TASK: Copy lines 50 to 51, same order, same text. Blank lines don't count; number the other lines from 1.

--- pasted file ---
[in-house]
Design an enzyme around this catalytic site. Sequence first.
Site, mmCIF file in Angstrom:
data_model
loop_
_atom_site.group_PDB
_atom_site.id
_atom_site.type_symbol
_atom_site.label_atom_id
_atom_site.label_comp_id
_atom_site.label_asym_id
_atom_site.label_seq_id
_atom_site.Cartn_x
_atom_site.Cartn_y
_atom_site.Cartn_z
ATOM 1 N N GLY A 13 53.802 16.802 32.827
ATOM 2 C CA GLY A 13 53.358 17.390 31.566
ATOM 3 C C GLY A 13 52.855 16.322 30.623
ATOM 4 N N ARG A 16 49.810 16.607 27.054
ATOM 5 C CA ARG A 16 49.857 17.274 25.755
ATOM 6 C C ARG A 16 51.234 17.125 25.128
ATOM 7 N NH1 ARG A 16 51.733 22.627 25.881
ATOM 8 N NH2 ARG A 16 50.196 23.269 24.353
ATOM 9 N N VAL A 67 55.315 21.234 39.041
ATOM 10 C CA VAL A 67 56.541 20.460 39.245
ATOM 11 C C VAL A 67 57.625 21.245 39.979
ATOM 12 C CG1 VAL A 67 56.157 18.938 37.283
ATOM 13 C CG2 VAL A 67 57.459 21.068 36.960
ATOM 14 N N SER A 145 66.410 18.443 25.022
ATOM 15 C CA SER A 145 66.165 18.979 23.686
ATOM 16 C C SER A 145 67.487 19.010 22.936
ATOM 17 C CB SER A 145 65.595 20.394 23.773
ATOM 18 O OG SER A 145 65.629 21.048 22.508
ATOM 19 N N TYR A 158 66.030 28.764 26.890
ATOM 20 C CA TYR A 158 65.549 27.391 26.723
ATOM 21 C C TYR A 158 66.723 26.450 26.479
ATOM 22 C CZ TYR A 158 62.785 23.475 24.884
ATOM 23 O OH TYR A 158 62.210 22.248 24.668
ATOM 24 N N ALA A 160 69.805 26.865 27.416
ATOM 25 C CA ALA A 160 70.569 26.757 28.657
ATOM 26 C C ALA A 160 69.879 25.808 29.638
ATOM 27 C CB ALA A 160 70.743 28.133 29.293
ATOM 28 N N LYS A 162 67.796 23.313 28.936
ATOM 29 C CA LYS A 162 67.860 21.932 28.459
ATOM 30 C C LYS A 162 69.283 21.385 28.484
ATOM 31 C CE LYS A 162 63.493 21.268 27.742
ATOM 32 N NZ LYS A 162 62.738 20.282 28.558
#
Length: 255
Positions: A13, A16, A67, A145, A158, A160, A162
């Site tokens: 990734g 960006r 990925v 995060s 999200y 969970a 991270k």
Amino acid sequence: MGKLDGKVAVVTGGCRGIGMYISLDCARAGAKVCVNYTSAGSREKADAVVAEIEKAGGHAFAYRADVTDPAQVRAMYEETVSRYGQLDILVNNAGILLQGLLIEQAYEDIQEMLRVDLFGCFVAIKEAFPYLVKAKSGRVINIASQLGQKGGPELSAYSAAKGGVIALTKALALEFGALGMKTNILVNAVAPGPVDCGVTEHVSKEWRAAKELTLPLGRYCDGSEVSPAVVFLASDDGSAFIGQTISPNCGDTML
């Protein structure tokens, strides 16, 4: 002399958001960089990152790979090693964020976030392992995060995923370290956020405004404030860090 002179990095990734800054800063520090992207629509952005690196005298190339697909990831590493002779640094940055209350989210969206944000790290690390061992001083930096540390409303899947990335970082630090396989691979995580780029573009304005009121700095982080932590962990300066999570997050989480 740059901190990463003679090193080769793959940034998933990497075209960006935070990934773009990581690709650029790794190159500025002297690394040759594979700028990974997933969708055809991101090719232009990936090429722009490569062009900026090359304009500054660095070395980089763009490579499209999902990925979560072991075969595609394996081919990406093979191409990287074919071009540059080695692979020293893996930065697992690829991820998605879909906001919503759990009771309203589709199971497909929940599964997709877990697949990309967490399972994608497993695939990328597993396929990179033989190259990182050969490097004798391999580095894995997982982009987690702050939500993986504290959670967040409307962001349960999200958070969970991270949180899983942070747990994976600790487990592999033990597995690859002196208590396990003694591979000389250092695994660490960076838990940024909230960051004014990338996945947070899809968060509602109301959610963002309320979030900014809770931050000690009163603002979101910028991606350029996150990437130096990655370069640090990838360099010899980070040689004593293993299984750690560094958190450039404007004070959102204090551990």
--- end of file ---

Positions: A13, A16, A67, A145, A158, A160, A162
């Site tokens: 990734g 960006r 990925v 995060s 999200y 969970a 991270k």